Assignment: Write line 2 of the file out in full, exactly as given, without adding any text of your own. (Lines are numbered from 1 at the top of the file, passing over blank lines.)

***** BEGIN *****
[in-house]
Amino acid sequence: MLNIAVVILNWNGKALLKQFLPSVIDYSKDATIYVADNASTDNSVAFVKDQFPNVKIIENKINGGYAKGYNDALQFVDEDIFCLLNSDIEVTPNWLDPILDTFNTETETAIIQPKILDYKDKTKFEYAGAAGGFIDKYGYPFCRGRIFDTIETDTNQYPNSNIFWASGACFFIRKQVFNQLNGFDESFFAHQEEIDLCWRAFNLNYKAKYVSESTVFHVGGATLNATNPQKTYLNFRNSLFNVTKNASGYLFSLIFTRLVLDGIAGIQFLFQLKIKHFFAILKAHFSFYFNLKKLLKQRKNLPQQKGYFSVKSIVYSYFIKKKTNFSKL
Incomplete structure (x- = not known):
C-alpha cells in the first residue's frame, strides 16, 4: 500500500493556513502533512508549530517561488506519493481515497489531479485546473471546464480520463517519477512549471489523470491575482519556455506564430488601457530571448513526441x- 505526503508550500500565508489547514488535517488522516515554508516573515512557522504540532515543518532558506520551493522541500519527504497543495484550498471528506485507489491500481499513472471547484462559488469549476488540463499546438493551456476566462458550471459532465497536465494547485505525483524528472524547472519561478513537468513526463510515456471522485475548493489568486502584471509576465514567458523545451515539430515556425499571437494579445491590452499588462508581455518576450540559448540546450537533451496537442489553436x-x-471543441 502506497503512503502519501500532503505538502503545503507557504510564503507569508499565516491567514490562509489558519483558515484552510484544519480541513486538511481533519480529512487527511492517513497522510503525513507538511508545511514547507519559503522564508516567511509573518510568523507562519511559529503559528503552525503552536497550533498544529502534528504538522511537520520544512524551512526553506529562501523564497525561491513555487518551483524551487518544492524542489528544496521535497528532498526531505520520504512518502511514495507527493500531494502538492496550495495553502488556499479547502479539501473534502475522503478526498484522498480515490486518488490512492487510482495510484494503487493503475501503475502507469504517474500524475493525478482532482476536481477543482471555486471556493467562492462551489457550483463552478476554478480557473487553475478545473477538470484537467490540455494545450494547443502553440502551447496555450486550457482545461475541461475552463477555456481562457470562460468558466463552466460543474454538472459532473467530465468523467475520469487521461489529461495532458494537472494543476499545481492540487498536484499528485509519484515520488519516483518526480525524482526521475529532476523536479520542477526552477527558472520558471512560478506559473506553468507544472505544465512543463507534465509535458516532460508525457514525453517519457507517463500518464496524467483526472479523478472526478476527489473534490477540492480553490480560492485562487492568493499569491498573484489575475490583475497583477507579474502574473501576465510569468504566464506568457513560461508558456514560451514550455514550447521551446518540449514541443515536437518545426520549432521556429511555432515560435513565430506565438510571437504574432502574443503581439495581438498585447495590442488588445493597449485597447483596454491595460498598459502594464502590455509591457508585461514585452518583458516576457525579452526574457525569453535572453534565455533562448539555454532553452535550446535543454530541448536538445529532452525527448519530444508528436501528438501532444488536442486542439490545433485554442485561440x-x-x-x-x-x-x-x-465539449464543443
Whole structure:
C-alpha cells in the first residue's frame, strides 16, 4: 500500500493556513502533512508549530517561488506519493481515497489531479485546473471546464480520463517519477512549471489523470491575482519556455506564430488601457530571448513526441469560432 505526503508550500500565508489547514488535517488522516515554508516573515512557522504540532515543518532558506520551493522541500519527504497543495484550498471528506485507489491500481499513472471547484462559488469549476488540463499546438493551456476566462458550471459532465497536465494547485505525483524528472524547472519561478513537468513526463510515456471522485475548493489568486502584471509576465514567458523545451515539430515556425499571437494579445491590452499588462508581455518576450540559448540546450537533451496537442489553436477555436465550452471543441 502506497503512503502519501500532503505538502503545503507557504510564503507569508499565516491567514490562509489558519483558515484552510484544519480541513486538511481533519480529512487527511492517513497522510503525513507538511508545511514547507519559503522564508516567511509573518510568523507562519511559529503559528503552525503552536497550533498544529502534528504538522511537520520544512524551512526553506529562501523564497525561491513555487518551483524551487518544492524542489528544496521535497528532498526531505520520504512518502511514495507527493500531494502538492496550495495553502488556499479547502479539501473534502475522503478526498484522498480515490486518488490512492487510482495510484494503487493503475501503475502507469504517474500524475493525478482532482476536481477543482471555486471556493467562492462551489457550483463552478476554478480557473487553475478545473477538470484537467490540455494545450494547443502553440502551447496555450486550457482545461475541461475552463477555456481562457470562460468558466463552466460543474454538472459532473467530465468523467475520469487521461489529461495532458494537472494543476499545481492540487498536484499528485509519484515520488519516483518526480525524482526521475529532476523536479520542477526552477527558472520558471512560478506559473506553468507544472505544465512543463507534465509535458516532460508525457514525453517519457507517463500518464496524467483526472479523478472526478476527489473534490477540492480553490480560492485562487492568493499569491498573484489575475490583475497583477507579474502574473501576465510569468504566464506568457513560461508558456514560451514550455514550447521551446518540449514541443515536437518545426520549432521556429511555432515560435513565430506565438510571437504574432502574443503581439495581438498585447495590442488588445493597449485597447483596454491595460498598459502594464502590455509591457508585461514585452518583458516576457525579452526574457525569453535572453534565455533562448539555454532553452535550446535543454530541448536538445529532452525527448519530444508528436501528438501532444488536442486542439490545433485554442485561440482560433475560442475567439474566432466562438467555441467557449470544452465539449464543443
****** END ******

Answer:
Amino acid sequence: MLNIAVVILNWNGKALLKQFLPSVIDYSKDATIYVADNASTDNSVAFVKDQFPNVKIIENKINGGYAKGYNDALQFVDEDIFCLLNSDIEVTPNWLDPILDTFNTETETAIIQPKILDYKDKTKFEYAGAAGGFIDKYGYPFCRGRIFDTIETDTNQYPNSNIFWASGACFFIRKQVFNQLNGFDESFFAHQEEIDLCWRAFNLNYKAKYVSESTVFHVGGATLNATNPQKTYLNFRNSLFNVTKNASGYLFSLIFTRLVLDGIAGIQFLFQLKIKHFFAILKAHFSFYFNLKKLLKQRKNLPQQKGYFSVKSIVYSYFIKKKTNFSKL